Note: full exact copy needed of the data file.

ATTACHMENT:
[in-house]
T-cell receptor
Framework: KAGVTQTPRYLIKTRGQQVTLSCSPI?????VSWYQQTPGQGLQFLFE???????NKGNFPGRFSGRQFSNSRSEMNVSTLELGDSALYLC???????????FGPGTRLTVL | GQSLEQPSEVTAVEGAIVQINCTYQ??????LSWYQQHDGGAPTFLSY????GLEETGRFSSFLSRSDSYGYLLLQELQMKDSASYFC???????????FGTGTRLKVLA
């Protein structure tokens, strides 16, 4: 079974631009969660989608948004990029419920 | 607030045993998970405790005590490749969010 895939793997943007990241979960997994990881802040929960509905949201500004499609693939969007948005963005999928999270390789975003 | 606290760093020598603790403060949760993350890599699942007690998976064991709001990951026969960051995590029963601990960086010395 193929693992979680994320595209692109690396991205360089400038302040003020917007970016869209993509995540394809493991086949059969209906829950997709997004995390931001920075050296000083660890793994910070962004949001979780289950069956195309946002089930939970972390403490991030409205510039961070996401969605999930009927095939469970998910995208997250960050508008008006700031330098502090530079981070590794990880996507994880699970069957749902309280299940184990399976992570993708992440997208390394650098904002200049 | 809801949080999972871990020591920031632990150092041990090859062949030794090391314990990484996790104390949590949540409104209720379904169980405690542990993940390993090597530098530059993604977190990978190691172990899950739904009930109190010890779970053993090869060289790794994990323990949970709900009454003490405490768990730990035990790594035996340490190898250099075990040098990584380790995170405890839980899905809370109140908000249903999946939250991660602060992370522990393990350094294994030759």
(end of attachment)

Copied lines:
[in-house]
T-cell receptor
Framework: KAGVTQTPRYLIKTRGQQVTLSCSPI?????VSWYQQTPGQGLQFLFE???????NKGNFPGRFSGRQFSNSRSEMNVSTLELGDSALYLC???????????FGPGTRLTVL | GQSLEQPSEVTAVEGAIVQINCTYQ??????LSWYQQHDGGAPTFLSY????GLEETGRFSSFLSRSDSYGYLLLQELQMKDSASYFC???????????FGTGTRLKVLA
């Protein structure tokens, strides 16, 4: 079974631009969660989608948004990029419920 | 607030045993998970405790005590490749969010 895939793997943007990241979960997994990881802040929960509905949201500004499609693939969007948005963005999928999270390789975003 | 606290760093020598603790403060949760993350890599699942007690998976064991709001990951026969960051995590029963601990960086010395 193929693992979680994320595209692109690396991205360089400038302040003020917007970016869209993509995540394809493991086949059969209906829950997709997004995390931001920075050296000083660890793994910070962004949001979780289950069956195309946002089930939970972390403490991030409205510039961070996401969605999930009927095939469970998910995208997250960050508008008006700031330098502090530079981070590794990880996507994880699970069957749902309280299940184990399976992570993708992440997208390394650098904002200049 | 809801949080999972871990020591920031632990150092041990090859062949030794090391314990990484996790104390949590949540409104209720379904169980405690542990993940390993090597530098530059993604977190990978190691172990899950739904009930109190010890779970053993090869060289790794994990323990949970709900009454003490405490768990730990035990790594035996340490190898250099075990040098990584380790995170405890839980899905809370109140908000249903999946939250991660602060992370522990393990350094294994030759």